tim_tebow_1.jpg

Photo: Kes Raath, Calvin University
Tim Tebow
Photo by Kes Raath, Calvin University

tim_tebow_2.jpg

Photo: Kes Raath, Calvin University
Tim Tebow speaks to a crowd in a packed VanNoord arena at Calvin University.
Photo by Kes Raath, Calvin University

Former NFL star Tim Tebow spoke at Calvin University last week as part of the second Global Congress on Sport and Christianity.

Tebow, winner of the 2007 Heisman trophy, played for the University of Florida before moving on to the National Football League (U.S.), where he played quarterback for the Denver Broncos and the New York Jets. And he is probably as well known for being outspoken about his Christian faith as he is for his athletic accomplishments.

That made Tebow an ideal fit as a keynote speaker for a conference designed for athletes, coaches, and anyone else who wants to explore how belief and sport intersect.

“The goal [of the congress] is to bring about a culture shift in modern sport and the role it plays in the life of Christian faith,” said Calvin University’s Dr. Brian Bolt, who codirected the congress with Dr. Chad Carlson from Hope College.

Over five days, 11 keynote speakers — including coaches, academics, Special Olympians, and athletes — gave addresses on a variety of topics. There were also workshops on issues ranging from the theology of play and baseball and liturgy to “sin, shame, and adverse performance” and “when God calls an audible.”

“This is an event where everyone can dig in to conversations about sport and the Christian faith — the good, the bad, and everything in between,” Bolt said.

The Grand Rapids event marked the first time that the Global Congress on Sport and Christianity took place on North American soil. The first congress was held at York St. John University in England in 2016. That event drew nearly 200 participants from 24 countries.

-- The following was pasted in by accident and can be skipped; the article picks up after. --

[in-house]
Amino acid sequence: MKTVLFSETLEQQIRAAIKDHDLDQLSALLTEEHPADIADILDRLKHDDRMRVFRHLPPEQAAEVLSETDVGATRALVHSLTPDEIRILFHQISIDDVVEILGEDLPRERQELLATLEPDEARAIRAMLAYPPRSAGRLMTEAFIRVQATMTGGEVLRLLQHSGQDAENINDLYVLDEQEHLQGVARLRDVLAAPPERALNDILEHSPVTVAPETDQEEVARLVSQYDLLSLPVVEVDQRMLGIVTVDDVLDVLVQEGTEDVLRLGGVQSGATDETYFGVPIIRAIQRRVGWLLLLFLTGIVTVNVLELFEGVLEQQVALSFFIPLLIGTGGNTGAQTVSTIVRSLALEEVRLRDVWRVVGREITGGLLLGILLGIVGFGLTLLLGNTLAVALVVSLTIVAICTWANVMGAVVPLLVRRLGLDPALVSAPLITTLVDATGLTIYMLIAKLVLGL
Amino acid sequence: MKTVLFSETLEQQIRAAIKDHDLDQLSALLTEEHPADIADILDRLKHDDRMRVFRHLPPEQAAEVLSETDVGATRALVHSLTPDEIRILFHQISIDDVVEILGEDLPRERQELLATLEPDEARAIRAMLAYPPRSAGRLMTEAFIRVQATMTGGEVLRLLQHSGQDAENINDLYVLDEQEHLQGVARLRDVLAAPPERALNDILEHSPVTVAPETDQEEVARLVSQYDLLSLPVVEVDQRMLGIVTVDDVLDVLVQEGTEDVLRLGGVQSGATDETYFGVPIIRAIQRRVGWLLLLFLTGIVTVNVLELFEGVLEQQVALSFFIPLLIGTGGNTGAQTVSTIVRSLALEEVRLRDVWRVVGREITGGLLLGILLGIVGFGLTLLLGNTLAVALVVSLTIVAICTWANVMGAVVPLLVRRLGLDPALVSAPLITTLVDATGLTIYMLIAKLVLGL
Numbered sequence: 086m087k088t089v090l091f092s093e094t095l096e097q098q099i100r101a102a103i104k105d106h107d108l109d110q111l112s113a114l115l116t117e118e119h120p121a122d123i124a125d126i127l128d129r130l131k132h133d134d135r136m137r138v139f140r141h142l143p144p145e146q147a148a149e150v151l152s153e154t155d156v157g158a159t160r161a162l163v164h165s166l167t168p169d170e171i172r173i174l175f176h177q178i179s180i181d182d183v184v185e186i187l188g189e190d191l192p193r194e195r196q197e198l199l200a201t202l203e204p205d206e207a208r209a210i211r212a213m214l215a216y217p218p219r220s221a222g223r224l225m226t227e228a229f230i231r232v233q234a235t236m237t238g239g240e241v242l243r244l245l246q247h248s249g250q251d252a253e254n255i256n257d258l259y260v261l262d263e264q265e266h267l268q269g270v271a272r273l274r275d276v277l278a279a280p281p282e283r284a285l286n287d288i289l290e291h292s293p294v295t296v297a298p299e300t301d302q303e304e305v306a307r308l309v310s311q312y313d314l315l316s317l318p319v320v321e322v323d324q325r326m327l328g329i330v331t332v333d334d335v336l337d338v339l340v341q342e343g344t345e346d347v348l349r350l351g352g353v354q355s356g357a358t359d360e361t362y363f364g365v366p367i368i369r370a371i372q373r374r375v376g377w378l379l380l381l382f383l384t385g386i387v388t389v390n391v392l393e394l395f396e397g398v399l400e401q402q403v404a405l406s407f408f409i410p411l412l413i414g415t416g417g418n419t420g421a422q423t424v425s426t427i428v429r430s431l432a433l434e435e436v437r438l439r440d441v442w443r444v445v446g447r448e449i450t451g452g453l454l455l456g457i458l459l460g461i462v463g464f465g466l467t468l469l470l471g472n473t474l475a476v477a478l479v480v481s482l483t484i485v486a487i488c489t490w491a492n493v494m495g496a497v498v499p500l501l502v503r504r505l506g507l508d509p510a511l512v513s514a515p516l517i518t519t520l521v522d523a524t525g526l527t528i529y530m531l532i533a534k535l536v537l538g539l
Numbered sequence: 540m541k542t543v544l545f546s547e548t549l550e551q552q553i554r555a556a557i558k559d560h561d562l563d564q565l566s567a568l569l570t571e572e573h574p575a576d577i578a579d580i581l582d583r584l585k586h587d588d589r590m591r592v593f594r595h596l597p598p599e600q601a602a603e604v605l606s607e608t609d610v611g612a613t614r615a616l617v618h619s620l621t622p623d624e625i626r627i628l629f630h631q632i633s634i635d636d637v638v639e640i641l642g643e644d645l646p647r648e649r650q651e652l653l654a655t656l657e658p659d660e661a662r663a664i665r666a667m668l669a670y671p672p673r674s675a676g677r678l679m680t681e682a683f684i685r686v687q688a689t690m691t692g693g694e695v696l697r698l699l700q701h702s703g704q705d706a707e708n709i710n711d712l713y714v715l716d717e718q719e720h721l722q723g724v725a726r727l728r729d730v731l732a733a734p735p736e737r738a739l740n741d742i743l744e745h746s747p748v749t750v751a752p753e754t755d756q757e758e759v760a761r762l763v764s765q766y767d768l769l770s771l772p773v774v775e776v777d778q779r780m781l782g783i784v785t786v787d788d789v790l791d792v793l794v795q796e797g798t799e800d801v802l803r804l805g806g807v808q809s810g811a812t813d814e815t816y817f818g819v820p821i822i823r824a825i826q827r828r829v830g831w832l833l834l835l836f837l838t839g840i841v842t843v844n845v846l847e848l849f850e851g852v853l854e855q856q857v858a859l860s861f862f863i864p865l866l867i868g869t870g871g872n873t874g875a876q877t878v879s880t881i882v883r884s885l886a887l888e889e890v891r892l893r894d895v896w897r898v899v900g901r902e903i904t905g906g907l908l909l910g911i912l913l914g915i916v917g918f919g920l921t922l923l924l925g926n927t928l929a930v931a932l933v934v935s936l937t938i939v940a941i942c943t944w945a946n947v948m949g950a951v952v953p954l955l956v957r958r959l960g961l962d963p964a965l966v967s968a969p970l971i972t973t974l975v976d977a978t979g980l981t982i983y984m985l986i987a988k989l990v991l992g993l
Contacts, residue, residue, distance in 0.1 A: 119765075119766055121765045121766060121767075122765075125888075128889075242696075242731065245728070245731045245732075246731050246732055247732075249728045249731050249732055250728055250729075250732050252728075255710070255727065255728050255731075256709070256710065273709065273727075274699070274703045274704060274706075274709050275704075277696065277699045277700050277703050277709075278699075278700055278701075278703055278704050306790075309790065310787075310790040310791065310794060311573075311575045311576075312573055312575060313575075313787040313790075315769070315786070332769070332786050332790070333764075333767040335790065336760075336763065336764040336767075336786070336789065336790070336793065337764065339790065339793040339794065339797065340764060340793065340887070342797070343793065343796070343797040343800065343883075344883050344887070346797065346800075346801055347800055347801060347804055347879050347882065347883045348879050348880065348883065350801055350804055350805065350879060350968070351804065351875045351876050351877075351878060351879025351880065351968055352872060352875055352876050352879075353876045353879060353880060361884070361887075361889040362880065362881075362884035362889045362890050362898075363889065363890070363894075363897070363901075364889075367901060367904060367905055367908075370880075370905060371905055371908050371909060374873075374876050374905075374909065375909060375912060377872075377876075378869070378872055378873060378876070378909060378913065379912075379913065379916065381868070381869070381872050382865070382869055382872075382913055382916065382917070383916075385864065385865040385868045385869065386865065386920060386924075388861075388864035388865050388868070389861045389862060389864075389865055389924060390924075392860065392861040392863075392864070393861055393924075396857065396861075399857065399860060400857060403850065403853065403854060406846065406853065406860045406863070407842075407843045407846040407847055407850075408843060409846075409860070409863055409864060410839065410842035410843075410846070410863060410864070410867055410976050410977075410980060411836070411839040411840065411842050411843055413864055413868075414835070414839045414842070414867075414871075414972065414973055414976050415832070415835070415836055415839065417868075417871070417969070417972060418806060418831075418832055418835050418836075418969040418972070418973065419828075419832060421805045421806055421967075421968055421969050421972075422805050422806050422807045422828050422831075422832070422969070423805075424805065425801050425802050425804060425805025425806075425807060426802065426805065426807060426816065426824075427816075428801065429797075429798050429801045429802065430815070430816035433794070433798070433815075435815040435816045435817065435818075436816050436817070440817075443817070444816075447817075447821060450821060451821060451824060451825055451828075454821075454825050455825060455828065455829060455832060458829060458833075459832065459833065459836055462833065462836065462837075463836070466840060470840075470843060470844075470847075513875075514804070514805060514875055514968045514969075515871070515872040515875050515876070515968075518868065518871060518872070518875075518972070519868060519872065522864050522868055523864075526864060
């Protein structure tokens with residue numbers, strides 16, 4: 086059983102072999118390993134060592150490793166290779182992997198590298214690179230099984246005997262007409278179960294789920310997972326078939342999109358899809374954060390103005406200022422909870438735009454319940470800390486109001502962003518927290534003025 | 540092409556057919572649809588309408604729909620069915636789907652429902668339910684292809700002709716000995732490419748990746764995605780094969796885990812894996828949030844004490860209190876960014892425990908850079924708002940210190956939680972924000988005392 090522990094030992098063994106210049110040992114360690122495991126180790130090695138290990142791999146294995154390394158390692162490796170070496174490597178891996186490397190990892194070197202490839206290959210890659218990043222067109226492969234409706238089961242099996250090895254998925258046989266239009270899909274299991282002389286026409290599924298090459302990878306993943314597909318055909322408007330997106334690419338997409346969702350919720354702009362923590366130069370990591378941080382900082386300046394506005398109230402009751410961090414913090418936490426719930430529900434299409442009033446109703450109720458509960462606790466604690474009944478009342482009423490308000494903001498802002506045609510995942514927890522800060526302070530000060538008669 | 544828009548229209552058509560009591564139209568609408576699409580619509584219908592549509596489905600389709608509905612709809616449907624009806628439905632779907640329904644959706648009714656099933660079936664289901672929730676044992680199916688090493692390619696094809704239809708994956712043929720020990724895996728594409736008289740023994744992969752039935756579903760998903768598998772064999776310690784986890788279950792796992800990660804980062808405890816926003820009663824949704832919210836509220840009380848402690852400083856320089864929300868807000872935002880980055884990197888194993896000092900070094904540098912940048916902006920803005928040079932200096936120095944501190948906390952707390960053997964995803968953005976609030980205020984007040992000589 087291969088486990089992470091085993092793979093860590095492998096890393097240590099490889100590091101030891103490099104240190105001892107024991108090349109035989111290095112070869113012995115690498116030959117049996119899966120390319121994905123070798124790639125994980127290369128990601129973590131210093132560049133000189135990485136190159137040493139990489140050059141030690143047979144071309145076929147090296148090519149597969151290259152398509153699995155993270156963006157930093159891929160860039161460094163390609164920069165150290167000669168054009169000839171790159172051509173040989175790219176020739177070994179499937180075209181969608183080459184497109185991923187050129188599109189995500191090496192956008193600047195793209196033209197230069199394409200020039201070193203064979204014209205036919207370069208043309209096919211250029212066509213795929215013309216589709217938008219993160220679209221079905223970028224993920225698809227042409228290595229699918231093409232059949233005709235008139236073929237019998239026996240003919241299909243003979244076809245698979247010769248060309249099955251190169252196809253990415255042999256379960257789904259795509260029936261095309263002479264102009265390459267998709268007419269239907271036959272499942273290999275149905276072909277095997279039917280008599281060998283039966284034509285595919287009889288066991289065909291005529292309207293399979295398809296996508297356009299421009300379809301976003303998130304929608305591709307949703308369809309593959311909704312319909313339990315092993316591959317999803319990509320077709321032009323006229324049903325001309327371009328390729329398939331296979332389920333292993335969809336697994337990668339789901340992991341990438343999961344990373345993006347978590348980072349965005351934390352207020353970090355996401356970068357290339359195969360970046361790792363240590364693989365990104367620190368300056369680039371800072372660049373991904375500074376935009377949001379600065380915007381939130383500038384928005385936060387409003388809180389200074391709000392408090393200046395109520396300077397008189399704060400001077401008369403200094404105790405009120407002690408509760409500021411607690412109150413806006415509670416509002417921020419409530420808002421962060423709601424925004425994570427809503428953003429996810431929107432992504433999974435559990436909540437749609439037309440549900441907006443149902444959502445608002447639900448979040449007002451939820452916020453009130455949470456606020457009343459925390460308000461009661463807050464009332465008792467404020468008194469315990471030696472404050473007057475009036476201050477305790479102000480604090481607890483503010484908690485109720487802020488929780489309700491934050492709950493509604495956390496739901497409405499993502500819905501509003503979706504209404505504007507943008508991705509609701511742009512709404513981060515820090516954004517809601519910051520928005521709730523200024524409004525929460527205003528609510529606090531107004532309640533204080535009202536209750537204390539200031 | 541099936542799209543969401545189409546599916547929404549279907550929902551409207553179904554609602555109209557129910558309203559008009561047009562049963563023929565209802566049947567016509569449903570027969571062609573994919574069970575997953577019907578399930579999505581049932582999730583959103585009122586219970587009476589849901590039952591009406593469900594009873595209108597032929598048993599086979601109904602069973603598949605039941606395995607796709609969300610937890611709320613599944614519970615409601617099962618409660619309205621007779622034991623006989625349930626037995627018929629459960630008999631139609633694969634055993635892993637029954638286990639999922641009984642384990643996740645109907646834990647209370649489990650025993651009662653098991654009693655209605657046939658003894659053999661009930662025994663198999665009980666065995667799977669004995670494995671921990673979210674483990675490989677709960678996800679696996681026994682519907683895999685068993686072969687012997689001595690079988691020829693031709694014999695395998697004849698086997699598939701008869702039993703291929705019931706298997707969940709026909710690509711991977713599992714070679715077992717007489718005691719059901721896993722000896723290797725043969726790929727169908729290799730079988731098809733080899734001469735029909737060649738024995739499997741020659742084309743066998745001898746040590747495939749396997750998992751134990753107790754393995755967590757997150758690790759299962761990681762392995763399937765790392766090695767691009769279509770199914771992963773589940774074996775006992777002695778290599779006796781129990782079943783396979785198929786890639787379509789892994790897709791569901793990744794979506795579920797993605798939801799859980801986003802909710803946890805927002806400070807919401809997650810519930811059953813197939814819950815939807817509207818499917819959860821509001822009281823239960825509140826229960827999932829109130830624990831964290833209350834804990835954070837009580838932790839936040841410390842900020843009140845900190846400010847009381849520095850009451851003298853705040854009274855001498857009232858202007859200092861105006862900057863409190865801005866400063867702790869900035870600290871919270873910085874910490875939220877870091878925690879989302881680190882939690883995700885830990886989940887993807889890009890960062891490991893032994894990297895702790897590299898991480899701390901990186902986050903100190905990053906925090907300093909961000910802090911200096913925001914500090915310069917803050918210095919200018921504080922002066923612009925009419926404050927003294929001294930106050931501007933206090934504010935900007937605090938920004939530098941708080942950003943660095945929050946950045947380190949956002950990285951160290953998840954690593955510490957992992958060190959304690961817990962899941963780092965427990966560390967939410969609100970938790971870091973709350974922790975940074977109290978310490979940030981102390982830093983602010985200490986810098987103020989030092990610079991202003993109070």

Bolt and Carlson wanted to take what they experienced there, build on that success, and offer something even greater in 2019. By all accounts, the event at Calvin University was a success.

Approximately 250 people from 25 countries attended. Feedback has been positive, and one of the highlights for many was Tebow’s address.

Tebow spoke during the noon hour on Oct. 24, 2019. The talk was open to the broader public, and about 5,000 people attended.

Tebow shared how he grew up with missionary parents, how a mission trip to the Philippines in his teens changed his life, and how his faith continues to intersect with his athletic career.

He also encouraged young people in the audience, many of whom play sports for high schools in the West Michigan area.

“I want to encourage you to believe in yourself because you matter,” Tebow said. He explained that success is about the individual, their personal gifts, and how hard they are willing to work to achieve their goals. Significance, on the other hand, is much broader than what they can do on the field.

“A lot of people will try to define you. But only God can define you,” he said.

After his public lecture, Tebow also met with congress participants in an engaging question and answer session, where he spoke about many topics, including sport and physical injury, sharing his faith in and through sport, and his own personal faith journey.

The second Global Congress on Sport and Christianity closed with sunrise worship and a closing address on Sunday, Oct. 27.

Bolt said that plans are in the works to hold another Congress in three years with a location yet to be determined. In the meantime, if anyone is interested in the topic of sport and Christianity, they can tune in to Dig Deep: Sport, Faith, Life a podcast hosted by Bolt and Carlson.